Fall Crafts: Glycerin Leaves

Make Glycerin Leaves

We’re ga-ga for all the multi-colored maple leaves of the season, and my older daughter, N, is likely to burst into a chorus of “red and yellow leaves” as we drive down the road. I’ve been reading up on how to preserve the leaves so that they’ll last more than a couple days and it turns out that you have a few choices, some of them being : preserve them with a glycerin solution, seal them with hot wax, press them between sheets of contact paper, or melt them between sheets of wax paper.

We had a bottle of glycerin in the cabinet for bubble-making, so I thought we’d try our hands at making glycerin leaves. I have to tell you upfront: the process was fantastic and my kids really got into it. The results, on the other hand, meh. Not so spectacular. More on that soon.

fall crafts: glycerin leaves


  • 1/4 c. glycerin
  • 1/2 c. water
  •  Fall leaves
  • Two pans that can stack inside each other
  • Spoon for mixing

fall crafts: glycerin leaves

Mix the glycerin and water in your pan. Add leaves.

If you don’t have enough solution to cover the leaves, make another batch. My 4-year old loved taking charge of this step and we ooohed and ahhhed over the leaves as they went into the glycerin bath.

fall crafts: glycerin leaves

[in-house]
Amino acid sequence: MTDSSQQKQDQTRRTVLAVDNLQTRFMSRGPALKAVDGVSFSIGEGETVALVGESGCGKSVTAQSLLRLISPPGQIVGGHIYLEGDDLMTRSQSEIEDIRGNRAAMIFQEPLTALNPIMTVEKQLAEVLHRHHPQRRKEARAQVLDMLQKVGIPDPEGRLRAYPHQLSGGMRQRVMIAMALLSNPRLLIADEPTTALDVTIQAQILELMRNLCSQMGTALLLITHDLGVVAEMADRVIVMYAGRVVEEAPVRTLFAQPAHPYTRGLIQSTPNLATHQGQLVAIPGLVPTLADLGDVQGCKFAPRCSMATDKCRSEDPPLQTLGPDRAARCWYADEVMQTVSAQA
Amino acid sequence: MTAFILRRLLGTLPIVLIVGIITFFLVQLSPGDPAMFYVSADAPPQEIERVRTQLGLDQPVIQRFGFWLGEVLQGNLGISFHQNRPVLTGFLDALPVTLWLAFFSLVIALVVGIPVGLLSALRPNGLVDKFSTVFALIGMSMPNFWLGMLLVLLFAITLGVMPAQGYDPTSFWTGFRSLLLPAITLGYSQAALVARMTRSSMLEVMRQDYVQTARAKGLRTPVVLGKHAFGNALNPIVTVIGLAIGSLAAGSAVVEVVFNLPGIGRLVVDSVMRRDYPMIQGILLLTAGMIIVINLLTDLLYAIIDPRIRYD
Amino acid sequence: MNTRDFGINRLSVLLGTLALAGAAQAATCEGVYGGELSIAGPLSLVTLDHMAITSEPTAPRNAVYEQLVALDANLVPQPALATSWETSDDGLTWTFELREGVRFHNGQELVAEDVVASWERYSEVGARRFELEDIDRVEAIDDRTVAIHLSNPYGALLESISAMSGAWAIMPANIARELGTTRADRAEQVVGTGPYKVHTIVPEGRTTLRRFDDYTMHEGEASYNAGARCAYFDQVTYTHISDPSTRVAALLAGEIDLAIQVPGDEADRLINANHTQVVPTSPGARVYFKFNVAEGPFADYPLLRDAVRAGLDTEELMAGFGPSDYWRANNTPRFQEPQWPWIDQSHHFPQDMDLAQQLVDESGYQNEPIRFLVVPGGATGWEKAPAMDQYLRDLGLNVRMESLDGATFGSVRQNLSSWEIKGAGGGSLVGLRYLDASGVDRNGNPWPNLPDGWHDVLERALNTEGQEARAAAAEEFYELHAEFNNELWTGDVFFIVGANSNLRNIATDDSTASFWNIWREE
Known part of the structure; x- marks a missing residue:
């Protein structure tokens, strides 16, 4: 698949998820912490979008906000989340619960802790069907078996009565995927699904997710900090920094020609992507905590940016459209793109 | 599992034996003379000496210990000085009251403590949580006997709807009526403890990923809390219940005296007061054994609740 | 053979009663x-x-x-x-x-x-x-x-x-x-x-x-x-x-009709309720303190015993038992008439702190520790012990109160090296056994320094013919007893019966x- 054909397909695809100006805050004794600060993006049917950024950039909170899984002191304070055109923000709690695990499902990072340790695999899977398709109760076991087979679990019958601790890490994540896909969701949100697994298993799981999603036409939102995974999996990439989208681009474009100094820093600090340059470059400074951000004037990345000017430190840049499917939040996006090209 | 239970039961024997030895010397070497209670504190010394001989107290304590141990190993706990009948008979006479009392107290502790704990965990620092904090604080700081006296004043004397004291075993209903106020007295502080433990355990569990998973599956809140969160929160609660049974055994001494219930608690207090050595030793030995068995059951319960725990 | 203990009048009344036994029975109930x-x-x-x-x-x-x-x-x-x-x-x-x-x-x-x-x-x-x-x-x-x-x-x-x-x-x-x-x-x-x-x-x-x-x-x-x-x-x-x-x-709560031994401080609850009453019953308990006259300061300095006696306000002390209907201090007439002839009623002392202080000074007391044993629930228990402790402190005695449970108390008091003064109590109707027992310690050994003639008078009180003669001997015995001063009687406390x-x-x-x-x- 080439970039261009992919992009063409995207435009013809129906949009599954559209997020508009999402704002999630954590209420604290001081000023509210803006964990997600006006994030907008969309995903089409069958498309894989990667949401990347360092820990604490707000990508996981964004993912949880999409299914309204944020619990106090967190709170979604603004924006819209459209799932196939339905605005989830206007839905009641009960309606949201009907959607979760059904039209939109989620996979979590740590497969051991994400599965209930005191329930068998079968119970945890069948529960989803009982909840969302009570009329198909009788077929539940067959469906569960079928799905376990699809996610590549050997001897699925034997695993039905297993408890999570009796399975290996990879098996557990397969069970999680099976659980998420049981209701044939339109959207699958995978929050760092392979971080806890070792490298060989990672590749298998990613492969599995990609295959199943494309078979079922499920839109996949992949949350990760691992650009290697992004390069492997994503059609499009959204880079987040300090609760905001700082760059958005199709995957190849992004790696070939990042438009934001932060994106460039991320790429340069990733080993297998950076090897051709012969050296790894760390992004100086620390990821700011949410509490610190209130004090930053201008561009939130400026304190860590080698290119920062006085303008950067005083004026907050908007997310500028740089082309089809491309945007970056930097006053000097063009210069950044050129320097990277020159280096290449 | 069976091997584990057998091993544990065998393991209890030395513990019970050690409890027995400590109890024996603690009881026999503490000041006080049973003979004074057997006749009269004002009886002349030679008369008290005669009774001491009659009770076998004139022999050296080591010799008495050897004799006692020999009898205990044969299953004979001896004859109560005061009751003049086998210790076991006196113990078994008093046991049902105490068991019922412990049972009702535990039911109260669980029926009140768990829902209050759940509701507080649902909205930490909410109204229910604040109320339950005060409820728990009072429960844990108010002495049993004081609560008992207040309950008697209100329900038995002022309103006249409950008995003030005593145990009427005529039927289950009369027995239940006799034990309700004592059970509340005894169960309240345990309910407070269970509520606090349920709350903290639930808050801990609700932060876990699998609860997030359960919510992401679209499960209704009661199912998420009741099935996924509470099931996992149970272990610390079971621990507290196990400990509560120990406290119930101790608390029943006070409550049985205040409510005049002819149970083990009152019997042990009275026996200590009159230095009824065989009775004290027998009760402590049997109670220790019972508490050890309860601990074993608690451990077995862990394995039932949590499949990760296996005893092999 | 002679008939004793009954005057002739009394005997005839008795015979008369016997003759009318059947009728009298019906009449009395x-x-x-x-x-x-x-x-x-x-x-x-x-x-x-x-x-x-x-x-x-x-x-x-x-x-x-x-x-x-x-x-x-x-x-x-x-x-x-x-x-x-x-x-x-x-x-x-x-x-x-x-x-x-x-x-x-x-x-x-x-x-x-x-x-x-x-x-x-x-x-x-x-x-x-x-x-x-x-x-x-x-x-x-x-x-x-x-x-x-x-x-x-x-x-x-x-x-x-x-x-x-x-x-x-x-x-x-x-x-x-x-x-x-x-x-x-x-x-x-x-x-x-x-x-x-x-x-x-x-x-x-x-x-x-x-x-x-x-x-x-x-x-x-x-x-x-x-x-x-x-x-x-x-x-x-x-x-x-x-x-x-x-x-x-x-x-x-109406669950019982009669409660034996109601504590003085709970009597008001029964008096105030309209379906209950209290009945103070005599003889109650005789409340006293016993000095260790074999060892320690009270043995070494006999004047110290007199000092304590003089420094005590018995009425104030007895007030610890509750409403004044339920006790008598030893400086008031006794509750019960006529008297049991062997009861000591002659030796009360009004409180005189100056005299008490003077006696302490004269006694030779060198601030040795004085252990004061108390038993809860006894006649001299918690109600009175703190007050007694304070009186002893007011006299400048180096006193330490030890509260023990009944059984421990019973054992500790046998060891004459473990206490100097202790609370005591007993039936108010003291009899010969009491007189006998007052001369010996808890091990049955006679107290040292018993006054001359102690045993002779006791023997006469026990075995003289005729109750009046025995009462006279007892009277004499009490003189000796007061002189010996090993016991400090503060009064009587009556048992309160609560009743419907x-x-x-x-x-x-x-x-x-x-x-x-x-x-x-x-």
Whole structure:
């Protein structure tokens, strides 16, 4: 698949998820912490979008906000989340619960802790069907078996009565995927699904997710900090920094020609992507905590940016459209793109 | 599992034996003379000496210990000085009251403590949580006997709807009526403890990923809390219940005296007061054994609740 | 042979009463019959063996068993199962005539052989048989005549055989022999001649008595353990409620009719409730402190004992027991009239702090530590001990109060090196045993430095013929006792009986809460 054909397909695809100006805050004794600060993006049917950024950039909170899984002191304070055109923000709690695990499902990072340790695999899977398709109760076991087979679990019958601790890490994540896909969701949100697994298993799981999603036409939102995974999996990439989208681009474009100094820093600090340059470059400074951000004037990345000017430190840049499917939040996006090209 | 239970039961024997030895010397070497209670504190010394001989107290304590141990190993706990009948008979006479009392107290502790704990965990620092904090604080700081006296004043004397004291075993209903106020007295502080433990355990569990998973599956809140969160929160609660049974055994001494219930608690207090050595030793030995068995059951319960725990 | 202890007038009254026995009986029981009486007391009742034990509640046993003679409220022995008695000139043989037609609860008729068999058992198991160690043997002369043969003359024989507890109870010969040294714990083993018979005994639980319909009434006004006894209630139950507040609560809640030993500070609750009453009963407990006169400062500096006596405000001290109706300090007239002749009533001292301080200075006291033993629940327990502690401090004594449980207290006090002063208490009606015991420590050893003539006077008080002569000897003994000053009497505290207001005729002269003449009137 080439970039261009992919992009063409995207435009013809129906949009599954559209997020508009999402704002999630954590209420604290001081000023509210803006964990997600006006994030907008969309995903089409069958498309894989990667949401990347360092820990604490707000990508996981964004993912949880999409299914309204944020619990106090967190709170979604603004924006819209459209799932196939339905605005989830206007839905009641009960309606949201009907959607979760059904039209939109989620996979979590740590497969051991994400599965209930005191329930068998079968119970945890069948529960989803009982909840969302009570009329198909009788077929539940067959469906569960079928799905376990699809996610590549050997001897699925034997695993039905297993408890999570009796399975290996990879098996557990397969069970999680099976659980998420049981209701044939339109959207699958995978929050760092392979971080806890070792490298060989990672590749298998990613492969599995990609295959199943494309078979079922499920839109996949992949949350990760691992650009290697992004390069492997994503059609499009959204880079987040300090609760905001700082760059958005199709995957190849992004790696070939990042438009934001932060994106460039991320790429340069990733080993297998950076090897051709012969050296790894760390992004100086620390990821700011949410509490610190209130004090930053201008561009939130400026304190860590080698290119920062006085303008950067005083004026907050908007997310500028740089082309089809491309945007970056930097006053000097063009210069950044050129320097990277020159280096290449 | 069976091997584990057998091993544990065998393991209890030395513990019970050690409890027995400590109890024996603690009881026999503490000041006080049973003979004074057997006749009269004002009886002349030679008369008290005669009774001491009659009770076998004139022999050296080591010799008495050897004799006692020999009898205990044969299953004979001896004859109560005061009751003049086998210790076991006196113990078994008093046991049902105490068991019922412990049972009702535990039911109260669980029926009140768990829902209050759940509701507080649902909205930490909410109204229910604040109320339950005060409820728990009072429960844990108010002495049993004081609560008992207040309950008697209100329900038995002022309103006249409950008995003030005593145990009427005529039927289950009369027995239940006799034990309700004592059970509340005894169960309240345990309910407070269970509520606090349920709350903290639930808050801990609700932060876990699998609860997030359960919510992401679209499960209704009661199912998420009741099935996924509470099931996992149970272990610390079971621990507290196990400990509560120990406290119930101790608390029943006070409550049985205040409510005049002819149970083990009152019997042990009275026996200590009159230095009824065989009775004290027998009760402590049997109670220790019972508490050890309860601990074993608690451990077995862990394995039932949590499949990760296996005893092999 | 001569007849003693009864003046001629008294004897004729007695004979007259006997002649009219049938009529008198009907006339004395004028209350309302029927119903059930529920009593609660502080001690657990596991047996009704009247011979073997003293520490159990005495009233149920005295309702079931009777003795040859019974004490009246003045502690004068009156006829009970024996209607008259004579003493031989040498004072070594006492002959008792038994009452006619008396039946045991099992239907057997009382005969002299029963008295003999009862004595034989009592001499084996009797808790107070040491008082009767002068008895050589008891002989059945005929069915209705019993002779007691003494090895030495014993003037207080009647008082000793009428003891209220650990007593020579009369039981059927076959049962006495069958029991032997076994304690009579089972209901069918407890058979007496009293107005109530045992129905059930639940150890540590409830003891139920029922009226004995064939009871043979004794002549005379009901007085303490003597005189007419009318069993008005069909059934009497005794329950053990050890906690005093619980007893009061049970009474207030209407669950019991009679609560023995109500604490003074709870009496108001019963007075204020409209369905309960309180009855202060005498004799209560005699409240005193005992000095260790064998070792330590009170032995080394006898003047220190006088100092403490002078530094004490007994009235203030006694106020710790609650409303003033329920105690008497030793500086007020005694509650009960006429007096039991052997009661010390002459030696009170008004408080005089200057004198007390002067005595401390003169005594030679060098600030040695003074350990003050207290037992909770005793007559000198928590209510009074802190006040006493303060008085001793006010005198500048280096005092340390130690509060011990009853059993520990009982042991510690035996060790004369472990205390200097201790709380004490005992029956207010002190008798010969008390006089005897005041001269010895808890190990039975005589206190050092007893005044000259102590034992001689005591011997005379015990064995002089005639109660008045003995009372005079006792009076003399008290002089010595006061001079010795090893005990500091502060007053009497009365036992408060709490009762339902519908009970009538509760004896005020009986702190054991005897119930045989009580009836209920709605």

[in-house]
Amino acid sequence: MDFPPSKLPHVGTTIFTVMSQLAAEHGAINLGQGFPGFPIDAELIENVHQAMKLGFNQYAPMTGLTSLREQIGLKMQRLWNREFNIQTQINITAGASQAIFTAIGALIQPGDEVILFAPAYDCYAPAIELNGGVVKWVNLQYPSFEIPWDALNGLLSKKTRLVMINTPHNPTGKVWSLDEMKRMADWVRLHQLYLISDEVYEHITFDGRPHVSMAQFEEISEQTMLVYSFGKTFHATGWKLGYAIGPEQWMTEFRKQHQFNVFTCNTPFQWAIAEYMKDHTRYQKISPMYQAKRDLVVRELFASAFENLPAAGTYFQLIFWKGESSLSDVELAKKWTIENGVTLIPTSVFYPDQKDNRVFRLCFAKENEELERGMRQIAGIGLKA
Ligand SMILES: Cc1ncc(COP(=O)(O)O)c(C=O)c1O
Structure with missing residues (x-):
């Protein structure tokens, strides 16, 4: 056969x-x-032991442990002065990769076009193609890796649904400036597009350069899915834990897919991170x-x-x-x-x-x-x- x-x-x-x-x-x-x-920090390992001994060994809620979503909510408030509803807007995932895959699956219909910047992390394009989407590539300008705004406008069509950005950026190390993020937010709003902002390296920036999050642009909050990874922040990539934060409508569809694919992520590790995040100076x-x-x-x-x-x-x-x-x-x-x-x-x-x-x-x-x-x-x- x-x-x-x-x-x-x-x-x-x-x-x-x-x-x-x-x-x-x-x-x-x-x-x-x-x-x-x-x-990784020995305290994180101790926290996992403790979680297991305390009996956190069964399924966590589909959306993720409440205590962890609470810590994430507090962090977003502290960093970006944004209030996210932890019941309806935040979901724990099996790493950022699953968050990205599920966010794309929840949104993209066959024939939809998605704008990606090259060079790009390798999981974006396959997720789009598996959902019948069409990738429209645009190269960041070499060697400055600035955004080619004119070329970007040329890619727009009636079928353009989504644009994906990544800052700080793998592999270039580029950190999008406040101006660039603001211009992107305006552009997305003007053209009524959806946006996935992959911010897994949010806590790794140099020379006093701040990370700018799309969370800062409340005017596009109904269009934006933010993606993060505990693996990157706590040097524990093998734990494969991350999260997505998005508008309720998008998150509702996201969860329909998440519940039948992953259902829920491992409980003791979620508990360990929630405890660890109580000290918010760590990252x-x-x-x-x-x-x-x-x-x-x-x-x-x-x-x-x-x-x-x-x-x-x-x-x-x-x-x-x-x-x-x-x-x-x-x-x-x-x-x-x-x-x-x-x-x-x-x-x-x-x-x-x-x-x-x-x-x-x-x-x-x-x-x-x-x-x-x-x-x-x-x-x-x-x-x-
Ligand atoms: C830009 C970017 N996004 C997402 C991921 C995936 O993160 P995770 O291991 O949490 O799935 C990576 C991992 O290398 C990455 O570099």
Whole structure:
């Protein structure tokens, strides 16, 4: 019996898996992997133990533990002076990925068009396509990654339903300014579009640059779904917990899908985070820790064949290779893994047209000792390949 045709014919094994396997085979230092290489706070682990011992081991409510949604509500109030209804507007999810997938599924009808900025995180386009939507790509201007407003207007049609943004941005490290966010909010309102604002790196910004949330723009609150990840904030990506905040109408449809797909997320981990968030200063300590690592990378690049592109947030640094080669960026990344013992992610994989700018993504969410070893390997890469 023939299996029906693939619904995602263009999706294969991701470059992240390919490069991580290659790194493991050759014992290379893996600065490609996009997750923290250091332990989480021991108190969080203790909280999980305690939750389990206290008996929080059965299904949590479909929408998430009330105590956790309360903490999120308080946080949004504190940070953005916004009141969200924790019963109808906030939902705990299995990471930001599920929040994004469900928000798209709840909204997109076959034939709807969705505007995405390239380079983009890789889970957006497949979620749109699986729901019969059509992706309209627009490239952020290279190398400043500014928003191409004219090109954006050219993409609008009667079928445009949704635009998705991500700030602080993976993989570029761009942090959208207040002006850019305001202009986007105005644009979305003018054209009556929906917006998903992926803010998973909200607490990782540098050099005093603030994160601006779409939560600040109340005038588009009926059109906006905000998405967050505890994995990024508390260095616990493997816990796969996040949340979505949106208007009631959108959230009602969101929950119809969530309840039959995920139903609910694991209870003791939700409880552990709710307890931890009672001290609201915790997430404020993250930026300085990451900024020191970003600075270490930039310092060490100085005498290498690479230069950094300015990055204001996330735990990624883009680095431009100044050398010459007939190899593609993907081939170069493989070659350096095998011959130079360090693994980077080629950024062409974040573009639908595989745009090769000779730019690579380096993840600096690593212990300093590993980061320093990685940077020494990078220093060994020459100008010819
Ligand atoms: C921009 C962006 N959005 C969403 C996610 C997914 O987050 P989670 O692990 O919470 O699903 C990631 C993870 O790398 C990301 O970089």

Find another pan that’s a bit small than the first, and place it on top so that all the leaves stay submerged.

Put this aside for three-ish days, or until the leaves are super-supple. At this point, the leaves should have absorbed enough of the glycerin solution to retain their color and texture.

fall crafts: glycerin leaves

Remove the leaves from the glycerin solution and pat dry on a towel. Your leaves are now ready to display.

For those of you who might be banking on this recipe as a way to preserve your leaves for years to come, I think this is worth the experiment but it may not be foolproof. About two weeks later, our leaves have not turned brown, but they definitely haven’t retained their original color. I decorated a corner of our mantle with them, and they look pretty good, but not spectacular. I found this recipe that added surfectant (found in garden supply stores), and it sounds like that may help the glycerin soak into the leaves.

This minor detail has not affected my kids, however, who have been incorporating the leaves into their projects.

Have you ever made glycerin leaves?

Any tips or thoughts on what may have gone wrong? Or was I expecting too much?

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    • Thanks for the link, Jen. I’m sure this will be useful for anyone looking for ways to keep those Fall leaves around just a little bit longer. Good lucky with all the packing and moving. Just think, you’ll be done with this by the winter holidays!

  1. A few years ago I decided to mod podge some gorgeous Japanese maple leaves to my son’s bedroom wall. They haven’t changed at all.

    • Hi Amy,
      Thank you for sharing this tidbit! Okay, that’s 2 votes for mod podge. We’ll have to give it a go before all the leaves turn brown or fall off the trees.